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WCW: Irish eyes smiling through thick and thin (8/5/2018)
--s2h team
It would be unfair to term Ireland's march into the final of the Women's Hockey World Cup a miracle. Instead, call it a triumph of an indomitable spirit battling impossible odds.

The Irish feat manifested itself in a group of players paying to play for their country, reportedly to the tune of 550 euros per player a year. And that on top of combining work careers with playing a sport with professional demands.


Needless to say, that includes holding a full time job while juggling resources, time and energy to be good enough to challenge opponents, most of whom are full-time athletes supported by central funding.

The Irish women, we are told, experienced a welcome problem -- a plea to employers to extend leave after going further than they ever imagined in the World Cup.

They beat India 1-0 to top the pool and book a direct quarterfinal spot. The Green Army then beat India again, this time in a shootout to enter the semifinals where they accounted for Spain in the tie-breaker again.

It set up a Ripley's Believe it or Not scenario -- the second lowest ranked side (No. 16) in the World Cup taking on the No. 1 and seven-time champions, the redoubtable Netherlands.

Reaching the final is surely a watershed moment for the lionhearted Irish. After the men's rapid strides in recent years which led to the country's first ever Olympic spot in a team sport since 1948 when they qualified for Rio 2016, the Irish women have taken the cue.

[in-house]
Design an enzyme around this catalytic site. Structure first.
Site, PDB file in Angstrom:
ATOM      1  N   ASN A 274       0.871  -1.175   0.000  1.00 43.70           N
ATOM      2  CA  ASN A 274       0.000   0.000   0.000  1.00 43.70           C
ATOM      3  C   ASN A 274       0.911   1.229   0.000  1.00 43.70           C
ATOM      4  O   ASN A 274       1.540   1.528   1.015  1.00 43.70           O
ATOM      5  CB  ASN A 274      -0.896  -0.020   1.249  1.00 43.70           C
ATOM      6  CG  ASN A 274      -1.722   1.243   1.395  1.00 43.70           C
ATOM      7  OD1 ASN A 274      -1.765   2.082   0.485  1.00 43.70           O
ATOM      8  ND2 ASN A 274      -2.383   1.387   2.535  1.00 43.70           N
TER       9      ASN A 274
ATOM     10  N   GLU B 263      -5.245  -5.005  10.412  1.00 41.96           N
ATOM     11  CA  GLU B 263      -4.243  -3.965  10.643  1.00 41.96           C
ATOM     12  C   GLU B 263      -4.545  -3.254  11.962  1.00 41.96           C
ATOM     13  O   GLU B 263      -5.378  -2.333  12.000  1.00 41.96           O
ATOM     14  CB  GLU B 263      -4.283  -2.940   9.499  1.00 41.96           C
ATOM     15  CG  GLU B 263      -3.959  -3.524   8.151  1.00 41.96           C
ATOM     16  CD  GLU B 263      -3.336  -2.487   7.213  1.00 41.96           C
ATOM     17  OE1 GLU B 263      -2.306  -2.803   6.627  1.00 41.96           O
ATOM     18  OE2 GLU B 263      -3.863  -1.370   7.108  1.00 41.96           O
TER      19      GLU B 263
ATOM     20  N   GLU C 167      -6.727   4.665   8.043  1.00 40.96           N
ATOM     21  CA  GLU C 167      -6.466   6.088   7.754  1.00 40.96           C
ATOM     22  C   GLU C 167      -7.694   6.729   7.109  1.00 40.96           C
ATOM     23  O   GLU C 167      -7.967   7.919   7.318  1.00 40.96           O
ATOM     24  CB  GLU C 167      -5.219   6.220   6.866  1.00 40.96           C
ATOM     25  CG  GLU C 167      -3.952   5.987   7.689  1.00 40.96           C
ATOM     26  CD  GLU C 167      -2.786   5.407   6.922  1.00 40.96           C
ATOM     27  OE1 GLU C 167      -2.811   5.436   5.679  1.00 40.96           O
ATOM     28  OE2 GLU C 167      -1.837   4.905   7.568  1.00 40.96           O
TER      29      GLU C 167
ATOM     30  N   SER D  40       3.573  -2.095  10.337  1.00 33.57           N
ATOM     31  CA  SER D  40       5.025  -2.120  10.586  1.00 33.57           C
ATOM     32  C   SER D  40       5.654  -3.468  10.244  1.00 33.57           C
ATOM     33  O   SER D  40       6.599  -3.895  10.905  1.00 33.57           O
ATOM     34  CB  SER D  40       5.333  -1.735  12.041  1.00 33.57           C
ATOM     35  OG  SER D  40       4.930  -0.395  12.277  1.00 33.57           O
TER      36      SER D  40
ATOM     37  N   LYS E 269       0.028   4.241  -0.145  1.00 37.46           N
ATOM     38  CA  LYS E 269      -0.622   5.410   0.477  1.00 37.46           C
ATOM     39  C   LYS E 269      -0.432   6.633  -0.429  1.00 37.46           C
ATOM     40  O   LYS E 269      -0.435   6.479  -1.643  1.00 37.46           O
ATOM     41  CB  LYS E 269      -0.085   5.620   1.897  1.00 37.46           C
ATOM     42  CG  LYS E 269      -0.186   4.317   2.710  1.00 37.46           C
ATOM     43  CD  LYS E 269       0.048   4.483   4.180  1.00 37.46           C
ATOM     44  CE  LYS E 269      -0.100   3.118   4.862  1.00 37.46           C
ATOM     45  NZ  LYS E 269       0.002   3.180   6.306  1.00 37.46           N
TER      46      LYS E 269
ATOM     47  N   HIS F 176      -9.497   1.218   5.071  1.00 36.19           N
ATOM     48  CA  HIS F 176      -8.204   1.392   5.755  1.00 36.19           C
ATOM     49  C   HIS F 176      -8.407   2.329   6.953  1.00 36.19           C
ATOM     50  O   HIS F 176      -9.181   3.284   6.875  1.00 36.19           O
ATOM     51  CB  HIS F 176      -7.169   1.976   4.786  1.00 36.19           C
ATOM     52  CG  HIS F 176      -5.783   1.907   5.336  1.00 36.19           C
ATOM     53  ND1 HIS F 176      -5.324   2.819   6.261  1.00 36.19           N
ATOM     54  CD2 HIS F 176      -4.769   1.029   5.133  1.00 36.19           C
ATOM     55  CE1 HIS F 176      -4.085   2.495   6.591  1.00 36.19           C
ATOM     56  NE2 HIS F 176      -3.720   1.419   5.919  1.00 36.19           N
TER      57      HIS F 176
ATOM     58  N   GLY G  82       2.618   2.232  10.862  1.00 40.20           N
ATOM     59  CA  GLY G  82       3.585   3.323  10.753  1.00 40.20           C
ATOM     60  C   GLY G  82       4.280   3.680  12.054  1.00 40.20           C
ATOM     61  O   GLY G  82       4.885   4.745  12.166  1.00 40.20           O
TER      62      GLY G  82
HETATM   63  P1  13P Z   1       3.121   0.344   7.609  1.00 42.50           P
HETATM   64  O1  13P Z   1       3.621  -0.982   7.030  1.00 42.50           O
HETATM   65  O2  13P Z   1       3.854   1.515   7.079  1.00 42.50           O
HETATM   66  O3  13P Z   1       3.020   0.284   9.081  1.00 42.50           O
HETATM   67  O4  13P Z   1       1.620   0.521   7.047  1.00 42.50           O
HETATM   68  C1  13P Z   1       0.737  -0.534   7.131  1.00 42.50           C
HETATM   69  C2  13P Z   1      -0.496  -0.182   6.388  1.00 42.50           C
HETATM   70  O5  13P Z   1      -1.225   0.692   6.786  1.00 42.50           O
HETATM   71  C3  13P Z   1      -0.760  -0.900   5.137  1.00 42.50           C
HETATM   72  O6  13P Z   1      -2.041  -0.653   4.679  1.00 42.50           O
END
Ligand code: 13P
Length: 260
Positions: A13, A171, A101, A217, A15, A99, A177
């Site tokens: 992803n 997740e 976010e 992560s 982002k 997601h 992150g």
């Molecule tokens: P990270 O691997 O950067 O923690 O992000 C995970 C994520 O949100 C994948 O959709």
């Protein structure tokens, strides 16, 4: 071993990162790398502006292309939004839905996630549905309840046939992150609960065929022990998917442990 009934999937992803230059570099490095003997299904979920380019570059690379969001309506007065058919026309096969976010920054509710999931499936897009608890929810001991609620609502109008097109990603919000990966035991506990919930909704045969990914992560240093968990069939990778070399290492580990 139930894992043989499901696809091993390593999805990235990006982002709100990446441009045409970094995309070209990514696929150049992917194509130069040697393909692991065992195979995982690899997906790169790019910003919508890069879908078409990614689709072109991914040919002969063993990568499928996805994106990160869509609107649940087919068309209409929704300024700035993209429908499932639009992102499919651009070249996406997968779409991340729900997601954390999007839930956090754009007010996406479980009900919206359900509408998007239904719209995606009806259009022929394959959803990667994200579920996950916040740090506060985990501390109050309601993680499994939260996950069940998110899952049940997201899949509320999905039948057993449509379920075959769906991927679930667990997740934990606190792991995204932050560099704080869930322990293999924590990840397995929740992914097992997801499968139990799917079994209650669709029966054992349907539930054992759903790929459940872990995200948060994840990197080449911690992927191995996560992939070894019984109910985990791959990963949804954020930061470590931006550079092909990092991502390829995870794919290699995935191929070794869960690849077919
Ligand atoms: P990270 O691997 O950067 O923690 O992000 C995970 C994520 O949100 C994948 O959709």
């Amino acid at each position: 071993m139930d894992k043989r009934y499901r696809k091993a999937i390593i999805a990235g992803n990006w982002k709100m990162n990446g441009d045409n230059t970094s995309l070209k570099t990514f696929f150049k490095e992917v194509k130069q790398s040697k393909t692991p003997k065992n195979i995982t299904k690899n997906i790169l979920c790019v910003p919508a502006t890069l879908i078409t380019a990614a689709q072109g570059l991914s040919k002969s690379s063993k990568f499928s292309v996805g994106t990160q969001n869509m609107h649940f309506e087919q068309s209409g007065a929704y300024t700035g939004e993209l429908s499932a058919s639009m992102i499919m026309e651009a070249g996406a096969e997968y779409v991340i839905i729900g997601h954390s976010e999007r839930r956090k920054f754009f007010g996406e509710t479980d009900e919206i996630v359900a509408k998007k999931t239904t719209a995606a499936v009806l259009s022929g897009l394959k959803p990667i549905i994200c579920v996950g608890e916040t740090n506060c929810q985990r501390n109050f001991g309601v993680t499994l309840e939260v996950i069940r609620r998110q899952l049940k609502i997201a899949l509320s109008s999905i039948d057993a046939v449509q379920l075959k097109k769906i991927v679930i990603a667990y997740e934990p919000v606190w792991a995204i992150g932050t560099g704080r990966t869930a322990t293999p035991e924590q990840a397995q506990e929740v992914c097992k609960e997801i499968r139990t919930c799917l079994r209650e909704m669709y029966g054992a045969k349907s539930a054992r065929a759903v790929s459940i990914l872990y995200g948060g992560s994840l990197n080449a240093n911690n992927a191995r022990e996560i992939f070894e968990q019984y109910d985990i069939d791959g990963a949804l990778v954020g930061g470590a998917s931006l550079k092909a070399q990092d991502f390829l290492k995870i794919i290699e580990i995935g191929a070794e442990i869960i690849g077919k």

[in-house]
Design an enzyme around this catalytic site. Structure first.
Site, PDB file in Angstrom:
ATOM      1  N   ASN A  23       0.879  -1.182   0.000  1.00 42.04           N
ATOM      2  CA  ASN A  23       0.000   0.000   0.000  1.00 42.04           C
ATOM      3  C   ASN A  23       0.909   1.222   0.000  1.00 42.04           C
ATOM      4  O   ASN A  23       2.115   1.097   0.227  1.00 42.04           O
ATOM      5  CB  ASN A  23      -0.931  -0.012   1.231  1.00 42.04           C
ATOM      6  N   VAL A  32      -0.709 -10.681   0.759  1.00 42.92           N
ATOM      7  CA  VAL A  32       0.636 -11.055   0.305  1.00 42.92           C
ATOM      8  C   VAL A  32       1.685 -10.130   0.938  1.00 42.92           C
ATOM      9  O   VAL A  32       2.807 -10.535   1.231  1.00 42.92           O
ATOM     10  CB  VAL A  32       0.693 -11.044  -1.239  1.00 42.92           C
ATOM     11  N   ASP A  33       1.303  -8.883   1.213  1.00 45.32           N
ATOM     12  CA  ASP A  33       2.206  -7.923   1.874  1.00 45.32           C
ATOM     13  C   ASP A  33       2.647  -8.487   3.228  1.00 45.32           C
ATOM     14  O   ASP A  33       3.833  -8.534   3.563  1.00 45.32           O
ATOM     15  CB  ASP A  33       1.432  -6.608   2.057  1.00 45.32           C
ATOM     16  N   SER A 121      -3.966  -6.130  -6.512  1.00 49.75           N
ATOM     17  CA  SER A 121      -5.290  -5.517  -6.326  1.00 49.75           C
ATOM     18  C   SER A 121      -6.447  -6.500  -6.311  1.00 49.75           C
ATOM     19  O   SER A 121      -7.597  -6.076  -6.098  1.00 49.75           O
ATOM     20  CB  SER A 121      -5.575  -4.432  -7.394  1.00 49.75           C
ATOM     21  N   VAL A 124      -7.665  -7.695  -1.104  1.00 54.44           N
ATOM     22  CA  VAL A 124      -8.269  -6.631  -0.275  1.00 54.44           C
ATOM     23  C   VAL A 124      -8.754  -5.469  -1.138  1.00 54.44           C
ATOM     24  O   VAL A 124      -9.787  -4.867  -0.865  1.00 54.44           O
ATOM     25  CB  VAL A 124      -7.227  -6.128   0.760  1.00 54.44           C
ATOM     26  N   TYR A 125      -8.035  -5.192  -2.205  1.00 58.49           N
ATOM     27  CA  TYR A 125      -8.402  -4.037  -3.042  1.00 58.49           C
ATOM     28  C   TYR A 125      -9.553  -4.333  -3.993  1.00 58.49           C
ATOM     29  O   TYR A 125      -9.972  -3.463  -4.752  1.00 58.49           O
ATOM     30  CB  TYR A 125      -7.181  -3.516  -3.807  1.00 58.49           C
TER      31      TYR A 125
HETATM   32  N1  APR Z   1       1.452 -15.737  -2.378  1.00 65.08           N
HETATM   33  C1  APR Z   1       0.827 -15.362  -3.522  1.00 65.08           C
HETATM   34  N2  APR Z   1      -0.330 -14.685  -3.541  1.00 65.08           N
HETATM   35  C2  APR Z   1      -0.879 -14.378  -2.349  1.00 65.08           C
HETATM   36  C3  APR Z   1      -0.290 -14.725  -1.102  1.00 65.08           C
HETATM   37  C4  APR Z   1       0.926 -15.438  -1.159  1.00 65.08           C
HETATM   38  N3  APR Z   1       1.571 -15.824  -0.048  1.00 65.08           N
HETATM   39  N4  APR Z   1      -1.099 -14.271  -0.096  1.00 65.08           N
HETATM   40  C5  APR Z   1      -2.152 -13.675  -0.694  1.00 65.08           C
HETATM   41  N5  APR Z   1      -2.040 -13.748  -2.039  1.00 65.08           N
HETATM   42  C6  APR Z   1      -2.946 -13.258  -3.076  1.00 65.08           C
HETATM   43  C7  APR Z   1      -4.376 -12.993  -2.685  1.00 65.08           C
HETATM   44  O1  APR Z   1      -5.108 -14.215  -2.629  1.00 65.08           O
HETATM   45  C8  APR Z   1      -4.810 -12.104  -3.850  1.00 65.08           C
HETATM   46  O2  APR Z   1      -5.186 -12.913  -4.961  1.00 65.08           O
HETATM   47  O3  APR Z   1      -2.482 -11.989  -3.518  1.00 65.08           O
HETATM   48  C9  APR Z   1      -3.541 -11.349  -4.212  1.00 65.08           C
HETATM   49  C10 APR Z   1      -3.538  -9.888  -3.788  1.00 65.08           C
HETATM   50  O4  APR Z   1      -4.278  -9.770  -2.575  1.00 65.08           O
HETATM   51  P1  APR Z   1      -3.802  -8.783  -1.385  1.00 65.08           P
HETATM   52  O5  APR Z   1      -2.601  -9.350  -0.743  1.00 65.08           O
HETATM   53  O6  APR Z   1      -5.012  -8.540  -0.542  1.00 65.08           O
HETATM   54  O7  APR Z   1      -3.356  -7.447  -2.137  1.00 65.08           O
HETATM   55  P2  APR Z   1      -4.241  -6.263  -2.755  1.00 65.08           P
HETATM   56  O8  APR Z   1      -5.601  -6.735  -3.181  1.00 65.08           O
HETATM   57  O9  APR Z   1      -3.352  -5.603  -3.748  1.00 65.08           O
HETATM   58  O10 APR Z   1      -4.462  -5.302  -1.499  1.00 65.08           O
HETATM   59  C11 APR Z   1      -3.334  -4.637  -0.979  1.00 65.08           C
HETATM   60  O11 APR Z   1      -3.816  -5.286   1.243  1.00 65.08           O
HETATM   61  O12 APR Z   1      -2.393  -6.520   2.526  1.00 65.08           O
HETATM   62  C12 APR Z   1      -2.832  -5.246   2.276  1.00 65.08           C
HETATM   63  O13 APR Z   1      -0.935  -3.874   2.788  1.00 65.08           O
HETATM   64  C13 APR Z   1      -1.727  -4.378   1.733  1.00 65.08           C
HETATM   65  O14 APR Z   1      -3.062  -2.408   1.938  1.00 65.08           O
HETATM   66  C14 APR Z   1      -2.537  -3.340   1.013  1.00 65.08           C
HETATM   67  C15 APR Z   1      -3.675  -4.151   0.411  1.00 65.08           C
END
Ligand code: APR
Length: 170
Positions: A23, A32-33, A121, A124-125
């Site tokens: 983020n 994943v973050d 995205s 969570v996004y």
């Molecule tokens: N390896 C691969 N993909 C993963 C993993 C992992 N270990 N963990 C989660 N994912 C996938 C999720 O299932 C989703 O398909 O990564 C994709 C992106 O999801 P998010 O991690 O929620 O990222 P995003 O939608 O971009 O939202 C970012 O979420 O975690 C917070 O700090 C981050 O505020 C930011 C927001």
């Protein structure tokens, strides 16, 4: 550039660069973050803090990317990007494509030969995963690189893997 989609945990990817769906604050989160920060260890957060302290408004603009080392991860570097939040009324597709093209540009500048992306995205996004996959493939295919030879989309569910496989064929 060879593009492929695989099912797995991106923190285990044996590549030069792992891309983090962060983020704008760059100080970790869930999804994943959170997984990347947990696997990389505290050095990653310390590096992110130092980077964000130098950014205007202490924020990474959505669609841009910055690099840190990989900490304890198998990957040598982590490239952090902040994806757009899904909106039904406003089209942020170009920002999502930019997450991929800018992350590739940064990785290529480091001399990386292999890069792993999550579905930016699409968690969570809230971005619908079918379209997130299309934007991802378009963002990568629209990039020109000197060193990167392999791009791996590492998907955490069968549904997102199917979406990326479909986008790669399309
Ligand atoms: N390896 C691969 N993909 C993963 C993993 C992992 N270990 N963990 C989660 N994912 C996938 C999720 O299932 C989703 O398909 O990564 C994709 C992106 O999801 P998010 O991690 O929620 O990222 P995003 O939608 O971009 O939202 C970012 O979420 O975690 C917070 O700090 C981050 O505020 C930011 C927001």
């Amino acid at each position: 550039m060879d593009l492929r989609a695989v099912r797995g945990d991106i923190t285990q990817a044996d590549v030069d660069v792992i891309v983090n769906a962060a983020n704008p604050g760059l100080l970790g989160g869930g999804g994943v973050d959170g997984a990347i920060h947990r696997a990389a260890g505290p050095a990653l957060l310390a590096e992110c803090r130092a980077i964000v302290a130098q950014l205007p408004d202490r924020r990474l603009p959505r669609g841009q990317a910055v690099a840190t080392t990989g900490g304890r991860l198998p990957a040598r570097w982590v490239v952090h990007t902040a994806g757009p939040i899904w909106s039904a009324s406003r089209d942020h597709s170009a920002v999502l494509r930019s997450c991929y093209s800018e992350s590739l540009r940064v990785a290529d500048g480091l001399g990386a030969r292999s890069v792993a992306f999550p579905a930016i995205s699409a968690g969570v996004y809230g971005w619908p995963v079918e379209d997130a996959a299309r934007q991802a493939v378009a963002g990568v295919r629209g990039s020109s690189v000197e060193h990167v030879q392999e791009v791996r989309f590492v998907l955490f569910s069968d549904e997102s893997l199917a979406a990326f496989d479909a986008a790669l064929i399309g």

Their tale of sacrifice and battle against heavy odds, however, is familiar. Ask Sean Kerly, Great Britain gold medal hero of the 1988 Seoul Olympics. Giving up his marketing job, he walked a tightrope to get in the best form and shape for the Games.

Teammate and star goalkeeper Ian Taylor who held two teaching jobs to sustain his hockey activity was another exemplary story.

The pressure of pursuing hockey and the hardships and sacrifice borne by self and family, however, took its toll on some.

Grant Mitton, the young Australian forward in the mid-1980s chose to quit at the young of 24 to build a business career. As did Imran Sherwani, Sean Kerly's teammate and effervescent forward at Seoul, who called time on his career to contribute to his family's news agency business.

The Germans have made multi-tasking a fine art, however. Michael Green who excelled in the 1990s and early 2000s was found gazing at his laptop screen between training sessions in a bid to earn a medical degree and German players down the years are noted for juggling studies with playing hockey at the highest level. Never easy.

Full funding and centralized programs have bettered the lot of players in the Netherlands, Australia and England to name a few but the spare a thought for the likes of South Africa who like their Irish counterparts battle the odds aggravated by geographical isolation from the top nations.

The situation contrasts that in India where players are virtually paid to play. As a matter of fact, hockey has long been seen as a passport for a job -- a welcome situation, given that most players come from economically challenged backgrounds.

But why then haven't Indian teams dominated the podium with so much going in their favour?

The reasons are manifold, and includes a less than adequate player base ready to graduate into world class. A job, for many becomes an end instead of a means.

The Late Leyland D'Souza, the doyen of hockey journalists, once said, "The reasons for the Western teams' eminence despite the odds comes from their love for the game. A form of patriotism, if you like."

You get the drift while watching giant-killers Ireland and Italy in the World Cup.

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